Part one of a series
Editor’s Note: Rural education leaders reacted strongly to an 2021 article in the New York Times Magazine portraying the struggles of a Mississippi teenager trying to get a good education from a historically troubled rural school district. Although the article’s goals may have been narrower, its structure and title — “The Tragedy of America’s Rural Schools,” written by an editor, not the reporter — made summary judgment on all rural educators and students.
Today we start a three-part series written by members of the National Rural Education Association that attempts to provide a broader view of the nation’s rural schools. The first two writers examine how rural schools’ challenges are not the result of fate or rural people’s personal failings; rather, they stem from public policies that create inequities and hurdles. The third article looks at rural school systems where innovation and leadership have created promising solutions.
A New York Times Magazine article, “The Tragedy of America’s Rural Schools,” tells a story about the educational system in Holmes County, Mississippi, suggesting that the community has failed to provide adequate school facilities, that administrators and teachers have failed to provide sound educational programs, and that the schools have failed to serve their students. The article shines a spotlight on a single student in a single rural school district. There is benefit in turning on a spotlight. It’s important to use the national media to tell stories about Mississippi and the rural schools that serve one-fifth of students across the United States. However, a spotlight illuminates only part of the whole scene. Overhead lighting can reveal a bigger picture–in this case, revealing the impact of state and federal policies that fail to meet the needs of rural schools and the students they serve–including Holmes County, Mississippi.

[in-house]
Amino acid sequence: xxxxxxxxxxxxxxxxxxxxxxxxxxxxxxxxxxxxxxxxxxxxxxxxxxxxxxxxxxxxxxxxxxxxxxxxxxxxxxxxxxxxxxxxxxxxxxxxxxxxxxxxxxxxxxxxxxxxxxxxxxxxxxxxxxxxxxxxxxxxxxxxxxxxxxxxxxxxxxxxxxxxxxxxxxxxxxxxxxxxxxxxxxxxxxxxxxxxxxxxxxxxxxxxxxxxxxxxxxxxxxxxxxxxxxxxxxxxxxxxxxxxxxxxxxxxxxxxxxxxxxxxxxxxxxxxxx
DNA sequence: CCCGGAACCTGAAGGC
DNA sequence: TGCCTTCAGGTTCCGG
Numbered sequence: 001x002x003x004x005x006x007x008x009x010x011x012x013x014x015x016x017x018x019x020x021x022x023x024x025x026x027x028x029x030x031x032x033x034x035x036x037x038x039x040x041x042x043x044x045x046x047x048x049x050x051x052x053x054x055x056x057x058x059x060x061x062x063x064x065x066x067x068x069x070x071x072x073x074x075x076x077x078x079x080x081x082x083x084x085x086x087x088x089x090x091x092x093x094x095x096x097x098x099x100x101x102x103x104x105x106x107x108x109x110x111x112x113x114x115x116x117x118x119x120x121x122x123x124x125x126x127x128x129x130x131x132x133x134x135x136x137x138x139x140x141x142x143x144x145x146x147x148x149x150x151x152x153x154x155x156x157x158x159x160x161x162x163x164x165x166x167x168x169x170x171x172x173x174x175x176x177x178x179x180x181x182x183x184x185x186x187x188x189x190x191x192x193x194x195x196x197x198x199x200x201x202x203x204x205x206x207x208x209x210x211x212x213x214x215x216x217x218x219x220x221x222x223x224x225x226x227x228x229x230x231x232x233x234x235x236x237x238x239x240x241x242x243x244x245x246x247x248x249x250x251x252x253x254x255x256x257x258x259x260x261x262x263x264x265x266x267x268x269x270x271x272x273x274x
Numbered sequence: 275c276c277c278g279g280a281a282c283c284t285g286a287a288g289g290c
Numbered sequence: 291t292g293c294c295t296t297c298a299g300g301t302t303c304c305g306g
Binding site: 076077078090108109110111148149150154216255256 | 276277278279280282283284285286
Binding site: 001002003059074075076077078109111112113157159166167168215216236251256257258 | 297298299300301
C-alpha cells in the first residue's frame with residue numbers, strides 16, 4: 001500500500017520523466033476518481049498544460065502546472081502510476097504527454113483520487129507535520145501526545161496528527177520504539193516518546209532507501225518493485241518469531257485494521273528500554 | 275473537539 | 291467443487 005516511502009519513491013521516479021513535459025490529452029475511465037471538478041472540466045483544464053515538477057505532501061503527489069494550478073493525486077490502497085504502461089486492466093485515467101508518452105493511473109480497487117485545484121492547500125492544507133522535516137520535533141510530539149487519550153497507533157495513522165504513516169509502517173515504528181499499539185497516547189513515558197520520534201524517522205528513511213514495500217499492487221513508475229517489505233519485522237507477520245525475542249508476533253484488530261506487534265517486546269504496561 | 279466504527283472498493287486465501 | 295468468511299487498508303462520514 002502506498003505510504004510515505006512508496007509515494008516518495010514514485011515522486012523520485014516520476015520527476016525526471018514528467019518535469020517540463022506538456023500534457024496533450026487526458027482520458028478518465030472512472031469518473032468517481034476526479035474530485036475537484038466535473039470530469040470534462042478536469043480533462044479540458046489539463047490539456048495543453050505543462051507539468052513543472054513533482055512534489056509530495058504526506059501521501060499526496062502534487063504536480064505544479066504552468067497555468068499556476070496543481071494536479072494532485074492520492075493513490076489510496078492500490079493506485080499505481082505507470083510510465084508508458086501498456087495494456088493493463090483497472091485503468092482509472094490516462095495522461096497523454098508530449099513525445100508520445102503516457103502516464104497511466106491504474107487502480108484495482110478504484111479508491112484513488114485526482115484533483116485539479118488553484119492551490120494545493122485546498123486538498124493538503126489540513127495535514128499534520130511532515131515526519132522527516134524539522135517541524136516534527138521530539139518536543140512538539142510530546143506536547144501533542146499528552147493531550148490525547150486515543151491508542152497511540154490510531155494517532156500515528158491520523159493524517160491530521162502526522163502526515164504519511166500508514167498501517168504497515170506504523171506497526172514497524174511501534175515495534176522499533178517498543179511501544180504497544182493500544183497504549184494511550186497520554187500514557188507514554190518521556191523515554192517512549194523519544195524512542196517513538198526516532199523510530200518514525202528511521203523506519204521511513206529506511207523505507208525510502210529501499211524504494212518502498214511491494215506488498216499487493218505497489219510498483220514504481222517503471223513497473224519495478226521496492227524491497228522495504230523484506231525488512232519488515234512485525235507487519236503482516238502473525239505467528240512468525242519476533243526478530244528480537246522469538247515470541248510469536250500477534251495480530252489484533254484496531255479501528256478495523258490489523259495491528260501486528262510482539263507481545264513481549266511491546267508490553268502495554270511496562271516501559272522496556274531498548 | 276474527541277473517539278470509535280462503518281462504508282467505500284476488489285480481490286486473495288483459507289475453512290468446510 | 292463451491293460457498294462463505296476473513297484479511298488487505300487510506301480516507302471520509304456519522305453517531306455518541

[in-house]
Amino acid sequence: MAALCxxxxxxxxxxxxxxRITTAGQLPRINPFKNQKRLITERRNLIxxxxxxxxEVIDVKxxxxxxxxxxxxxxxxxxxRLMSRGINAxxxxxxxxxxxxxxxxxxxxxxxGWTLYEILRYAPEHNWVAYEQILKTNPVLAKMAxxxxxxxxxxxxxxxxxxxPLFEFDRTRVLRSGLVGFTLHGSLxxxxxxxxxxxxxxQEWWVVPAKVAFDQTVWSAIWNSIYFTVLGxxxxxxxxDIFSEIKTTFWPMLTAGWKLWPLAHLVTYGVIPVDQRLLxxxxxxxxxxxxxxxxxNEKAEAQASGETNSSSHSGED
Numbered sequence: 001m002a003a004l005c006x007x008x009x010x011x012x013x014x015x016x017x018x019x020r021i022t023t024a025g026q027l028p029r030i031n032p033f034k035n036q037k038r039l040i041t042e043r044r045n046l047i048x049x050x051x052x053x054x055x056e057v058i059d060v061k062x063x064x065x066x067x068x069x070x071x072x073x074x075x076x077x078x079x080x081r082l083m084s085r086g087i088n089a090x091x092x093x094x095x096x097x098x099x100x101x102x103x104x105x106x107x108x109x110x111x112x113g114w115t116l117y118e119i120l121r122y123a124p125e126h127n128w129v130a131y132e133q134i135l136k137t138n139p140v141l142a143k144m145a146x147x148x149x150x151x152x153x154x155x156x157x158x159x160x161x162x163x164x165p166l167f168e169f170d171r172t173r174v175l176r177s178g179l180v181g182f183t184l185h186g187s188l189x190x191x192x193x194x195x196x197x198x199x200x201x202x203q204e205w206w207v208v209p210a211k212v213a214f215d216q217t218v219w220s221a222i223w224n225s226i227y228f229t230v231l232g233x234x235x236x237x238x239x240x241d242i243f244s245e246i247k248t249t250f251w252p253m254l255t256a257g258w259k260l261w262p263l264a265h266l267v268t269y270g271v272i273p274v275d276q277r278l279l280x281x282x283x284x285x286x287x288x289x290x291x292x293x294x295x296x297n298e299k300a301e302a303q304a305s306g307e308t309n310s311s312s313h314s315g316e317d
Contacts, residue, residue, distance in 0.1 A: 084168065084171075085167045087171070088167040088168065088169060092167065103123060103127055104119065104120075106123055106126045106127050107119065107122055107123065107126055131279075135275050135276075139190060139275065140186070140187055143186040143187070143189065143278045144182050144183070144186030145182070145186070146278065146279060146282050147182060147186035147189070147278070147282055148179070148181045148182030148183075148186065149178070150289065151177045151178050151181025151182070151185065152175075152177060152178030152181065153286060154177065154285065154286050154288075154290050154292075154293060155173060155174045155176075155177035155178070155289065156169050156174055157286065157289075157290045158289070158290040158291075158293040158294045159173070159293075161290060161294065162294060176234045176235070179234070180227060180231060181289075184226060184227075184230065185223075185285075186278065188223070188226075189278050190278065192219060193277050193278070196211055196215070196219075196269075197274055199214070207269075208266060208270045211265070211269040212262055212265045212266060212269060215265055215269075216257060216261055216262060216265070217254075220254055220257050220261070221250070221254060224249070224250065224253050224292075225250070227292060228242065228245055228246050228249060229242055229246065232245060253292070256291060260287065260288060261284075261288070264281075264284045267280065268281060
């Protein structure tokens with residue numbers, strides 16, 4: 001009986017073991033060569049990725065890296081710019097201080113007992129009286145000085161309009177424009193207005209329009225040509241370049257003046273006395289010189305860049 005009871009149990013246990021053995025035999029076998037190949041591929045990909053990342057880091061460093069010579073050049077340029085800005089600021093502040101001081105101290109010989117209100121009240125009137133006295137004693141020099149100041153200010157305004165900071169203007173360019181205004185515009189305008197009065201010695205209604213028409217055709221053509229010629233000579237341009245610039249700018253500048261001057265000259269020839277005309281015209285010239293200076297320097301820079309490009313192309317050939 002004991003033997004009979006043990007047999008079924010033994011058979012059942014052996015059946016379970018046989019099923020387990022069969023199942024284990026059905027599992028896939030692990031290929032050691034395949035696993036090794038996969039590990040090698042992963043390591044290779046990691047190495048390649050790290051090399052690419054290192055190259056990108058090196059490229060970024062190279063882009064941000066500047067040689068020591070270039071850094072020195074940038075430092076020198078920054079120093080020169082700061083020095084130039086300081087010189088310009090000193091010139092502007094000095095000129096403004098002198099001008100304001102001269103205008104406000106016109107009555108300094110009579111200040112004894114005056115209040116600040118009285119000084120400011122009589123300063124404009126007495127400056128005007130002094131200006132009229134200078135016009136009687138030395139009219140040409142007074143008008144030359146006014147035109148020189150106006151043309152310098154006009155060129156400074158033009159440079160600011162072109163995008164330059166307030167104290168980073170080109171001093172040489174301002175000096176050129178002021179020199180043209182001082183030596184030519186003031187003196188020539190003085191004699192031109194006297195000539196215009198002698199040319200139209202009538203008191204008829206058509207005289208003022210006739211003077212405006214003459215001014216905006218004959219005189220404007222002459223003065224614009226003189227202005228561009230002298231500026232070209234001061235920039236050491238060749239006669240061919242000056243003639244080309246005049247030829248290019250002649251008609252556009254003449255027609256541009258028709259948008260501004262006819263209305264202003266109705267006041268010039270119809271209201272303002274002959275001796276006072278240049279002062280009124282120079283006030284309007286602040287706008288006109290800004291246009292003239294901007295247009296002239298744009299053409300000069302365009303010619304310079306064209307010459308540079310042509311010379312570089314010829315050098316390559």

School funding policies are one of the biggest barriers to rural school success. The bulk of funding for public schools comes from local property taxes. Rural populations, economies, and the presence of public lands (such as national forests) often yield lower property values, which in turn leads to funding inequities for rural schools. In Mississippi, as in most states, millage rates are capped. Even if the local community wanted to, districts cannot raise the property tax rate beyond a certain level to increase school funding, placing rural districts at an even greater disadvantage. Inequitable funding can lead to lower teacher salaries and teacher shortages, limited school offerings, and under-resourced classrooms.
In Holmes County, the limited tax base means that school buildings are out of date and in need of repair. In 2019, the district sought voter approval for a bond issue that would have funded a new high school and freed up money currently going to facility maintenance to allow for a raise in teacher salaries. Nearly half the county turned out to vote, and the majority, 58%, voted to approve the bond issue–but a state law in Mississippi requires at least 60% approval of a bond issue. Other states, including Washington and Oklahoma, have similar requirements. Rules like these make it difficult for a local community to raise funds to provide adequate school facilities for their children–even when the majority of voters approve.